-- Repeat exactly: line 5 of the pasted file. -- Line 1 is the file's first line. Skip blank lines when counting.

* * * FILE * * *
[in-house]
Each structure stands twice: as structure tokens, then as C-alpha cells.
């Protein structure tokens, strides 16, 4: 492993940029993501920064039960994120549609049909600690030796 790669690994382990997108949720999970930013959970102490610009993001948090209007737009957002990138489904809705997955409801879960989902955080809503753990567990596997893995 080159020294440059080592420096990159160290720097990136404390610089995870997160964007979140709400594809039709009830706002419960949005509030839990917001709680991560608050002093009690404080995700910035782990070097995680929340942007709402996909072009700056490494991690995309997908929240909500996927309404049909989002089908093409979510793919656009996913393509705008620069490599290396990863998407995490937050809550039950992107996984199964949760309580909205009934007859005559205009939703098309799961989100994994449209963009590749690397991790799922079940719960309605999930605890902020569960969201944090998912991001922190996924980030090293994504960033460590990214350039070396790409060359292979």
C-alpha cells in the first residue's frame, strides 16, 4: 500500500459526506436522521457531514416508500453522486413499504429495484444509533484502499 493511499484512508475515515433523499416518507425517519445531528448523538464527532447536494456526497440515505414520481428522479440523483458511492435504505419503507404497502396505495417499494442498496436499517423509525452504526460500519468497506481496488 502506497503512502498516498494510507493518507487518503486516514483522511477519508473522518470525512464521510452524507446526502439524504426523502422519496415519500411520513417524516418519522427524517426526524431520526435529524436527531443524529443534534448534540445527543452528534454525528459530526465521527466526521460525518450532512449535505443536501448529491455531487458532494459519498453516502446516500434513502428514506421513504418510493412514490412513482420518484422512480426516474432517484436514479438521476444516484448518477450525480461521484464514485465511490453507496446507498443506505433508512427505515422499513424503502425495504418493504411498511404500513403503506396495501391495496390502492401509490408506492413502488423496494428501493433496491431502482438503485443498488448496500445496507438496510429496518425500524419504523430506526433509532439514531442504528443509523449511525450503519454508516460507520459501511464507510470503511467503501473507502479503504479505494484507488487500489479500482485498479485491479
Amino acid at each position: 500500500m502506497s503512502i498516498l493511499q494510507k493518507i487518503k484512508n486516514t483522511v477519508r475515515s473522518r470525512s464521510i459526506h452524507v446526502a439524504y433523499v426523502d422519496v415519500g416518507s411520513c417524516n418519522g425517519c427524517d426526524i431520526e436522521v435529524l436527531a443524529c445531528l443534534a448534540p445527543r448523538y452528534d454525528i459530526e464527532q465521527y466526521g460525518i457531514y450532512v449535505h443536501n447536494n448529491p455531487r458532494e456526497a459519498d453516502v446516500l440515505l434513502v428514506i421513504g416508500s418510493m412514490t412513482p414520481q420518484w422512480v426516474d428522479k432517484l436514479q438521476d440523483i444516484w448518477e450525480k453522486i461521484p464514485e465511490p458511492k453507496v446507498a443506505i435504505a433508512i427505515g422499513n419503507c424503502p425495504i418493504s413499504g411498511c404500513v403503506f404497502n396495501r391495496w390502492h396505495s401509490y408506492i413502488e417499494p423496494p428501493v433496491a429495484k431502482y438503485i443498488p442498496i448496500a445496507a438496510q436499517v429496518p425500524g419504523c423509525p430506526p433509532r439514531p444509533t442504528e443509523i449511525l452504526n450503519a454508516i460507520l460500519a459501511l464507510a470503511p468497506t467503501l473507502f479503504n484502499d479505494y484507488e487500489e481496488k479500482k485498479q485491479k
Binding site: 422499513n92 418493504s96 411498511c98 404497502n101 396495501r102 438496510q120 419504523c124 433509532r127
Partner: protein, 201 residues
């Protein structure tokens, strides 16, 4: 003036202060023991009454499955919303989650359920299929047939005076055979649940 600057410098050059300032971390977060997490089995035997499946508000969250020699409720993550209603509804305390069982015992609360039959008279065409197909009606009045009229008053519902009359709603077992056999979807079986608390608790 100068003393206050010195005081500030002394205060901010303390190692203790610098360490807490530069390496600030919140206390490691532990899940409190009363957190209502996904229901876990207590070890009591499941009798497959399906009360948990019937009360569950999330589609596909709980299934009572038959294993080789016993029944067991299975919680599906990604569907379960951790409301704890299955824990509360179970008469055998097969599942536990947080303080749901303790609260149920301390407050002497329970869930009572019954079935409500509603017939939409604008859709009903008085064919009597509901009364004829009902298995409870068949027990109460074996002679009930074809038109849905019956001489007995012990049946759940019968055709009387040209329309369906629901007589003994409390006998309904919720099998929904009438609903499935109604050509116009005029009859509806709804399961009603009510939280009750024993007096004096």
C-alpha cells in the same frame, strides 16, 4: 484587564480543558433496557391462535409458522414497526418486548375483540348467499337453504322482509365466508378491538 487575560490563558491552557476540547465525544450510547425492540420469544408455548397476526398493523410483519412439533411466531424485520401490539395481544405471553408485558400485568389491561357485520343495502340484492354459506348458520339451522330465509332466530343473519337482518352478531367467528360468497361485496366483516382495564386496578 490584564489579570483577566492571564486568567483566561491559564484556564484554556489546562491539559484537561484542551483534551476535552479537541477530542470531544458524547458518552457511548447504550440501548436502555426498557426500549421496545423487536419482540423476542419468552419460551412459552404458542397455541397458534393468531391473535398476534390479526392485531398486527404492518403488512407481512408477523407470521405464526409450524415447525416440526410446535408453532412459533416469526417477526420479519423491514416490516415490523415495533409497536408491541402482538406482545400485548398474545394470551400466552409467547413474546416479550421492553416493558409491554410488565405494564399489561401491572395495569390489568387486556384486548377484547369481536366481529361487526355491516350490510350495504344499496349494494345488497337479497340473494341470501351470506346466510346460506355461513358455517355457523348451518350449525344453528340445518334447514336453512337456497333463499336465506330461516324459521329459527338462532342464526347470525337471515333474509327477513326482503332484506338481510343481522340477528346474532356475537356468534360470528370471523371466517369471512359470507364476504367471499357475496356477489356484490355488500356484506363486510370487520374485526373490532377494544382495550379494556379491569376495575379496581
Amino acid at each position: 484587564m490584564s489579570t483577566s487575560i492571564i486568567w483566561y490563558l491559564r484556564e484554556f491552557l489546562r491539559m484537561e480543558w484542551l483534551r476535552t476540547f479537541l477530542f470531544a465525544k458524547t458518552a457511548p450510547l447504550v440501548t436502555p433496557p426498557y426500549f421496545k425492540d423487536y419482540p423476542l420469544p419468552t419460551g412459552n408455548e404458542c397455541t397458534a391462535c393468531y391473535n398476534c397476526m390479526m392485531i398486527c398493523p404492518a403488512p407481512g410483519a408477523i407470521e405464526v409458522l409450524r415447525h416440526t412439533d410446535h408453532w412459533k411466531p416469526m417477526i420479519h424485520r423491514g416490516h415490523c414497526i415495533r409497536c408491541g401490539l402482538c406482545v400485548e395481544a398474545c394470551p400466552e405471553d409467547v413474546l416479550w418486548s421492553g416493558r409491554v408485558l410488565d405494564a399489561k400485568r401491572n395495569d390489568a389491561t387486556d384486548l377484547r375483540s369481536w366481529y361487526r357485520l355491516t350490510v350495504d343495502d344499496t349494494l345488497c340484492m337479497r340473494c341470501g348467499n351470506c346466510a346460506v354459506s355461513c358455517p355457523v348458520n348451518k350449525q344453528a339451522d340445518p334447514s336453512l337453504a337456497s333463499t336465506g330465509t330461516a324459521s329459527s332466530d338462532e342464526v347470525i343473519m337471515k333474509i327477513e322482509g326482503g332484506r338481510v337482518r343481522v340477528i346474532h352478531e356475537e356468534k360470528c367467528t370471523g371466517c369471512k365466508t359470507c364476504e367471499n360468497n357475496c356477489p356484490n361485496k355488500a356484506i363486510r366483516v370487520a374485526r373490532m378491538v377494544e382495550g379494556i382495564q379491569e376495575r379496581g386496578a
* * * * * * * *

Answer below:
Amino acid at each position: 500500500m502506497s503512502i498516498l493511499q494510507k493518507i487518503k484512508n486516514t483522511v477519508r475515515s473522518r470525512s464521510i459526506h452524507v446526502a439524504y433523499v426523502d422519496v415519500g416518507s411520513c417524516n418519522g425517519c427524517d426526524i431520526e436522521v435529524l436527531a443524529c445531528l443534534a448534540p445527543r448523538y452528534d454525528i459530526e464527532q465521527y466526521g460525518i457531514y450532512v449535505h443536501n447536494n448529491p455531487r458532494e456526497a459519498d453516502v446516500l440515505l434513502v428514506i421513504g416508500s418510493m412514490t412513482p414520481q420518484w422512480v426516474d428522479k432517484l436514479q438521476d440523483i444516484w448518477e450525480k453522486i461521484p464514485e465511490p458511492k453507496v446507498a443506505i435504505a433508512i427505515g422499513n419503507c424503502p425495504i418493504s413499504g411498511c404500513v403503506f404497502n396495501r391495496w390502492h396505495s401509490y408506492i413502488e417499494p423496494p428501493v433496491a429495484k431502482y438503485i443498488p442498496i448496500a445496507a438496510q436499517v429496518p425500524g419504523c423509525p430506526p433509532r439514531p444509533t442504528e443509523i449511525l452504526n450503519a454508516i460507520l460500519a459501511l464507510a470503511p468497506t467503501l473507502f479503504n484502499d479505494y484507488e487500489e481496488k479500482k485498479q485491479k